A Short Article on Nashville’s Smallest Art Gallery

 

By Jim Hornsby

Hillsboro Village is home to Nashville’s Smallest Art Gallery. Now in its fourth year, it has been written about in numerous publications and described variously as “unique,” “a wonder,” “awesome,” “high-quality,” “innovative,” “humble,” “great,” “quirky,” “clever,” “oft-overlooked,” “creative,” “wonderful,” and “a big deal.” Southern Living Magazine considers it a “don’t miss” attraction for tourists, and the Nashville Scene has voted it the “Best Environmentally Friendly Gallery” because of its solar-powered lighting. It is all these things and more.

What makes it more is what makes it less. Its diminutive size — 37”x 27” x 4½” — requires exhibiting artists to employ a sense of creativity that isn’t necessary in most other gallery situations. “It forces an artist to work in a different way – on a different scale,” says Daniel Box, the gallery’s creator and curator, “and artists are really getting into it. Our first few shows came about after I asked friends to show their art here; now, thanks to our web site and the publicity the gallery has generated, there is interest from artists around the world.”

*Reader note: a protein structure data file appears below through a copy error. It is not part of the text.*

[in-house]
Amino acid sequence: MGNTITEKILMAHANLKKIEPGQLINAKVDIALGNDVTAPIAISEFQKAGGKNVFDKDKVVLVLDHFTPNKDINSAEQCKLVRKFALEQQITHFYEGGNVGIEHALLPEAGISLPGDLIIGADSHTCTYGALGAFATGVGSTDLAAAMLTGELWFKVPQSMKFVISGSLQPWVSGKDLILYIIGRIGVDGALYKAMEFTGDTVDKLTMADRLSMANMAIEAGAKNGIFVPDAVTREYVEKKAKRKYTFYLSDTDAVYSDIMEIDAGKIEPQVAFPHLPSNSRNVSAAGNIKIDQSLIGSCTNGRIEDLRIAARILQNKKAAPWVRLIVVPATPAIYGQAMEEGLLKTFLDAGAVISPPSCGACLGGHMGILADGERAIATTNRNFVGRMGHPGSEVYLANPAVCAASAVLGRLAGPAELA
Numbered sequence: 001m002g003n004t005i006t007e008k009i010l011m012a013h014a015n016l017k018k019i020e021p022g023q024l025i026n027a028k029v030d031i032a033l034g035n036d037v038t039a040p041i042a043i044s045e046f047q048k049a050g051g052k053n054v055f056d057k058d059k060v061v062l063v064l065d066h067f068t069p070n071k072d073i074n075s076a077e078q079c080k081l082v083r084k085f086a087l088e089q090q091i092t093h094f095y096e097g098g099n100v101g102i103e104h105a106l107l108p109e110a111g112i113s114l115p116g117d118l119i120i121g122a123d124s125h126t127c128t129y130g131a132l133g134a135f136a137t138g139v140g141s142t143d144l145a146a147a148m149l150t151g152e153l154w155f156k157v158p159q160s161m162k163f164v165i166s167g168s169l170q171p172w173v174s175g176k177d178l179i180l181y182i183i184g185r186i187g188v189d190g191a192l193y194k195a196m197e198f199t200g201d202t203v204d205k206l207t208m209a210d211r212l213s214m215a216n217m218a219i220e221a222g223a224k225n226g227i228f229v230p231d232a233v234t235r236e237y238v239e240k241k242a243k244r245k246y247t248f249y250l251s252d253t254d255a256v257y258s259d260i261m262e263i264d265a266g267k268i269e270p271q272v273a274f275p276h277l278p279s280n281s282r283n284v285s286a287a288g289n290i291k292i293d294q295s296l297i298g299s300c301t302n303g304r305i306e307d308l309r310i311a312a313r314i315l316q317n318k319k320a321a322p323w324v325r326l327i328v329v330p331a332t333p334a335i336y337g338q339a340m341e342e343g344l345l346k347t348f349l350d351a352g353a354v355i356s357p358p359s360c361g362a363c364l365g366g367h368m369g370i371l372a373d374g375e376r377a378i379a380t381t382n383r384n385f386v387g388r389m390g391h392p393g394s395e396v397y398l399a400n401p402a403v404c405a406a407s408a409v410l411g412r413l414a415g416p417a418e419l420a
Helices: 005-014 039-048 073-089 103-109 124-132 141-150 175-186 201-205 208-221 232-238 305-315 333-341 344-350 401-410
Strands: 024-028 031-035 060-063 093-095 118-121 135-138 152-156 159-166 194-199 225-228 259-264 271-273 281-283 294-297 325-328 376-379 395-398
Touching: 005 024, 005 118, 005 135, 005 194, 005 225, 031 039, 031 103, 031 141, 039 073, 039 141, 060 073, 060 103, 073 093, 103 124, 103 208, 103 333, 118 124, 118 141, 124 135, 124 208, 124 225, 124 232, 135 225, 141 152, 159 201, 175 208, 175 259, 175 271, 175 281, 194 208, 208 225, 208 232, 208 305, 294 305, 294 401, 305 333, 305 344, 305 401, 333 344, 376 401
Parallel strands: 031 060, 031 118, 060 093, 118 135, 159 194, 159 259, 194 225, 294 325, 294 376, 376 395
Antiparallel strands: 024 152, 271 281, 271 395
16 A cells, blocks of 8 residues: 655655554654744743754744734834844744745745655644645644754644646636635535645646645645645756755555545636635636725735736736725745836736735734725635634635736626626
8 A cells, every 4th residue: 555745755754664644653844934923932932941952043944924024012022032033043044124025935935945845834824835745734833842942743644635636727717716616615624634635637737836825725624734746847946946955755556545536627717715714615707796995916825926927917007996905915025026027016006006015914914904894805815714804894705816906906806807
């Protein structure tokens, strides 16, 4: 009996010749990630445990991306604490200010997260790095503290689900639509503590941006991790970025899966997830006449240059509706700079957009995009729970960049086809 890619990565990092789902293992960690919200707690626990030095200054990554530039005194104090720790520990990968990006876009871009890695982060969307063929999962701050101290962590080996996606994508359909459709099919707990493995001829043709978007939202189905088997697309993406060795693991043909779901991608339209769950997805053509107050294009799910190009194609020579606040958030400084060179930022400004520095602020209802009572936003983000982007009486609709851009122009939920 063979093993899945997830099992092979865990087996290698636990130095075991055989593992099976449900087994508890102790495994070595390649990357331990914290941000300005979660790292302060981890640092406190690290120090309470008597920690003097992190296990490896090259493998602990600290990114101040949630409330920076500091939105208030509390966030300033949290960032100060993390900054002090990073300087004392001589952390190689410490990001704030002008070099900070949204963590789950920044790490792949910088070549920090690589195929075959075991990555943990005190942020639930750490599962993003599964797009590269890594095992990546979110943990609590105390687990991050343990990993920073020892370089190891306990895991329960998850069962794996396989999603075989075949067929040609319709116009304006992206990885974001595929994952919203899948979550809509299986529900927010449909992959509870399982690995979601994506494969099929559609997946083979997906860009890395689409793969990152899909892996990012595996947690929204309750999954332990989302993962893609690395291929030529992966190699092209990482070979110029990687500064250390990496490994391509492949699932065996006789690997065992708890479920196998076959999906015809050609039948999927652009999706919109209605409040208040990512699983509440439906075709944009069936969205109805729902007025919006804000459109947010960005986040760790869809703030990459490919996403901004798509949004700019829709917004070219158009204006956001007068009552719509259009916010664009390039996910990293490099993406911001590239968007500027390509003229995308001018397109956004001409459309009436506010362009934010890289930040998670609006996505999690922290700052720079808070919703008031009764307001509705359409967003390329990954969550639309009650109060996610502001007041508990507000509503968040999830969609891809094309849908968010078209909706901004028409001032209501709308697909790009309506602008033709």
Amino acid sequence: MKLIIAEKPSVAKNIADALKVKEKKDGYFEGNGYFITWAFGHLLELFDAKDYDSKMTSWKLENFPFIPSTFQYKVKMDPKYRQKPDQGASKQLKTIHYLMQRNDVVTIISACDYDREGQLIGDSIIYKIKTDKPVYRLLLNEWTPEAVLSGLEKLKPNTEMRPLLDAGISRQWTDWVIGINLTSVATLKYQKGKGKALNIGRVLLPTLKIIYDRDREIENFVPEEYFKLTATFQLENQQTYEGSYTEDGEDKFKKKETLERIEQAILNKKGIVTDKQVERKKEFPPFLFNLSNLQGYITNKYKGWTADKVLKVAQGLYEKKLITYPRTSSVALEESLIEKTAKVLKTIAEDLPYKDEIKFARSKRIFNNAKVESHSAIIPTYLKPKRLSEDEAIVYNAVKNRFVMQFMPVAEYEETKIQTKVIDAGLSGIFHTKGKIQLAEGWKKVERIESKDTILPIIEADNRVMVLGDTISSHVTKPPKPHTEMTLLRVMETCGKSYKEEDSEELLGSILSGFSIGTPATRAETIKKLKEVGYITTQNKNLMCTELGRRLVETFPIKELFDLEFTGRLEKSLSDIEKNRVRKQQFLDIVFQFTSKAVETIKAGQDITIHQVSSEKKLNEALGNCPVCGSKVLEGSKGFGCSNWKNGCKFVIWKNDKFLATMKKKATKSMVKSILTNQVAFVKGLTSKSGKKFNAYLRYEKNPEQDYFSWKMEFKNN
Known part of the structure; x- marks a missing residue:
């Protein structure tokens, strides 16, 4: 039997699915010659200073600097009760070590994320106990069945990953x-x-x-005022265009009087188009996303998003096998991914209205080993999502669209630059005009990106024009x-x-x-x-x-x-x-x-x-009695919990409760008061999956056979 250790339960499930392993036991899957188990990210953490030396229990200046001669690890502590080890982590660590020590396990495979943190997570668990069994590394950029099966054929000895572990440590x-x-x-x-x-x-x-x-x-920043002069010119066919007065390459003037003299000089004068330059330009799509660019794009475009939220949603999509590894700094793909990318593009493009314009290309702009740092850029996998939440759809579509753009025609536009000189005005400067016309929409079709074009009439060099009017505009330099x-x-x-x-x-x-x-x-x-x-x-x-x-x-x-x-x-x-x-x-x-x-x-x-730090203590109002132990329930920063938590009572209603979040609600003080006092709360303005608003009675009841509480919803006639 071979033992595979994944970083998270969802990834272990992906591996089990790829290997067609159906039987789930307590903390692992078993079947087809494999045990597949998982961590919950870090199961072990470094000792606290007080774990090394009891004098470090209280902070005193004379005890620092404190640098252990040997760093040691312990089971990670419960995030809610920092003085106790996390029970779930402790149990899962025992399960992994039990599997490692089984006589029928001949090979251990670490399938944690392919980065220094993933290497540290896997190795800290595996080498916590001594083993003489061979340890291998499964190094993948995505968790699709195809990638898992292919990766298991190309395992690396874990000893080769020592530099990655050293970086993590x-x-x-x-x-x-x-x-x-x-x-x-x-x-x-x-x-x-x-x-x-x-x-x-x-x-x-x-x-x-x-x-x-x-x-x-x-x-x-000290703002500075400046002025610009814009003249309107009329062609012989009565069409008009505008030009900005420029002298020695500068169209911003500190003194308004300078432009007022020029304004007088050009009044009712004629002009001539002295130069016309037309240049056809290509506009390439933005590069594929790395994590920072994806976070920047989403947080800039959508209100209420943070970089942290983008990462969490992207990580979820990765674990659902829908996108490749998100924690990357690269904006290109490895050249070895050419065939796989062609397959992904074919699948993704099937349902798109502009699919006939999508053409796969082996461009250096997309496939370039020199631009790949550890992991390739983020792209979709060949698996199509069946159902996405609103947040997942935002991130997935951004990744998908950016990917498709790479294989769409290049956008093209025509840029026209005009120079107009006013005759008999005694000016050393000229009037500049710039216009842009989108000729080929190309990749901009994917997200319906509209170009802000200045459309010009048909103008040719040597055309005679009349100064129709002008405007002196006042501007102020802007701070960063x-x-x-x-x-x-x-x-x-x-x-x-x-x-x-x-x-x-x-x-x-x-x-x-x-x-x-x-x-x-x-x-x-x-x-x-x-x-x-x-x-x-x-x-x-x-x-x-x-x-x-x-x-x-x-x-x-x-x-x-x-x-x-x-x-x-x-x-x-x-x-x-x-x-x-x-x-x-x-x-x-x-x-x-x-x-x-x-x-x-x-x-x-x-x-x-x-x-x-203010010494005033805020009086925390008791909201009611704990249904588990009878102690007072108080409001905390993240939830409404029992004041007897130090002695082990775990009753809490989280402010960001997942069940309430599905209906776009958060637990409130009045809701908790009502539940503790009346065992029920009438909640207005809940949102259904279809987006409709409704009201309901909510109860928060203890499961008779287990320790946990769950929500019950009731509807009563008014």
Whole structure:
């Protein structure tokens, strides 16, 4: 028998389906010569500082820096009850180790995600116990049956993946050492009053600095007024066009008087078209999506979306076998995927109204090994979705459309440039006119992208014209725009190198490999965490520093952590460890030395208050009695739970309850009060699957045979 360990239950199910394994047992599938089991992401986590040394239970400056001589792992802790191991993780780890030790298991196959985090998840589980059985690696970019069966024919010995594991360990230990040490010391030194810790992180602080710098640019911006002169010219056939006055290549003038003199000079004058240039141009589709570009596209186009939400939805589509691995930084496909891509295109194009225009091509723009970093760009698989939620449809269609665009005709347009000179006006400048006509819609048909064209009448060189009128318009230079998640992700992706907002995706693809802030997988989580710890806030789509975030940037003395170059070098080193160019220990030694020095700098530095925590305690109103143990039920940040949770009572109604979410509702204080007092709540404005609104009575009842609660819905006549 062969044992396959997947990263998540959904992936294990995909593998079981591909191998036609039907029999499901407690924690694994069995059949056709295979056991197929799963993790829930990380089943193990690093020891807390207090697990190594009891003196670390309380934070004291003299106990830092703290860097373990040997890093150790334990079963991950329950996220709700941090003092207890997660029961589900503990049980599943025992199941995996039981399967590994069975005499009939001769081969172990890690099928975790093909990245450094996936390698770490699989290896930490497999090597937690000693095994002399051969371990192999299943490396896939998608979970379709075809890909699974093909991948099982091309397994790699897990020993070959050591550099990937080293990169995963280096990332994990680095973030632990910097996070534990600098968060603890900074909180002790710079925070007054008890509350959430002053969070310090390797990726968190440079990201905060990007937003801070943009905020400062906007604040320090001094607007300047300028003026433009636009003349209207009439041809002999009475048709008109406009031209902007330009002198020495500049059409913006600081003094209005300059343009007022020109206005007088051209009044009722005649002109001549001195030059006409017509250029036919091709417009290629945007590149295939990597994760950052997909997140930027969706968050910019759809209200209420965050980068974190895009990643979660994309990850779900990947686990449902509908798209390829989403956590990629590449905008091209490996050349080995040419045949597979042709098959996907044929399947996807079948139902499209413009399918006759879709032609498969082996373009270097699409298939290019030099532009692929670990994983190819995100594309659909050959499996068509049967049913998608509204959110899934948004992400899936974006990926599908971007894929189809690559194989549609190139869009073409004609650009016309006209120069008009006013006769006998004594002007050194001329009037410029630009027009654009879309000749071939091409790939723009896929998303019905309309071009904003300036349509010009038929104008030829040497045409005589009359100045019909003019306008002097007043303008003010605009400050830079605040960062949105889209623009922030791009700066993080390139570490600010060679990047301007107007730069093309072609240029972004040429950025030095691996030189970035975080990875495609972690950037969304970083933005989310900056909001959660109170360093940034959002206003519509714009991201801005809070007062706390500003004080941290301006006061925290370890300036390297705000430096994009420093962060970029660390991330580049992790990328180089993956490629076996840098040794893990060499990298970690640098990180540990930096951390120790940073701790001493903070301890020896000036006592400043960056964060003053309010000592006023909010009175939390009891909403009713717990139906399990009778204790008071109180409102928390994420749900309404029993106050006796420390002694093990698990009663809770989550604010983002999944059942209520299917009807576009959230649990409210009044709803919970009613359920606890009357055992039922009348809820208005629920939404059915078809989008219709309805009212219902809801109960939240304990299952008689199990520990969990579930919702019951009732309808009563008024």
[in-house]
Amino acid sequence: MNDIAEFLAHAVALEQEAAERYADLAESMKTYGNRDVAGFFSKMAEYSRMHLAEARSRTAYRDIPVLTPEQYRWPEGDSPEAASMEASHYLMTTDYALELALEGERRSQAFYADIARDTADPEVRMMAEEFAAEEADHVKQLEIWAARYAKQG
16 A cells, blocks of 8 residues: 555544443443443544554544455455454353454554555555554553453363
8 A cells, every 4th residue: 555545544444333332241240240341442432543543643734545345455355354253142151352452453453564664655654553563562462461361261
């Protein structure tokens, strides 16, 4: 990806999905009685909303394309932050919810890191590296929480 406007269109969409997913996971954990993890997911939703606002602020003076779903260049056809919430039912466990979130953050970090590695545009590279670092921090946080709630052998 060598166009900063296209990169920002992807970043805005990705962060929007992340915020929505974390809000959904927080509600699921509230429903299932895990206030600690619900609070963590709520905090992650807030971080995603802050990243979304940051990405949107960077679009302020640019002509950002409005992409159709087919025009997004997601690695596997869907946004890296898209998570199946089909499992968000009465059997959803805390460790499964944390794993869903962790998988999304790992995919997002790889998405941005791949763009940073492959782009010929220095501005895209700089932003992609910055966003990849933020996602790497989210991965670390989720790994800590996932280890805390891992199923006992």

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Photos by Daniel Box

 

The gallery is clearly Nashville’s smallest, but Daniel, after considerable research, is gaining confidence that it is the smallest art gallery in the world. “There was a phone booth in London being used as an art gallery,’ he says, “and a student at Virginia Commonwealth University used her locker for a while, but I don’t think either is functioning now. I’m pretty sure ours is the smallest functional gallery in existence, and I am considering an application to the Guinness Book of World Records to make it official.”

The gallery faces the sidewalk at 1802½ 21st Avenue South, just downstairs from KNI, Daniel’s web design business. Regrettably, the building — a beautiful two story structure that originally housed the first H. G. Hill Grocery Store in Nashville — is slated to be torn down soon to make way for an apartment complex. “I’ve got the best office space in town,” Daniel says, “ and I’m pretty bummed about the possibility of losing it, but if that happens, I have made arrangements to move the gallery across the street to a space between Fido’s and Hot & Cold, so even if the wrecking ball swings, the art will survive.”

You can learn more about Nashville’s Smallest Art Gallery and its exhibiting artists at www.smallestartgallery.com.

 

 

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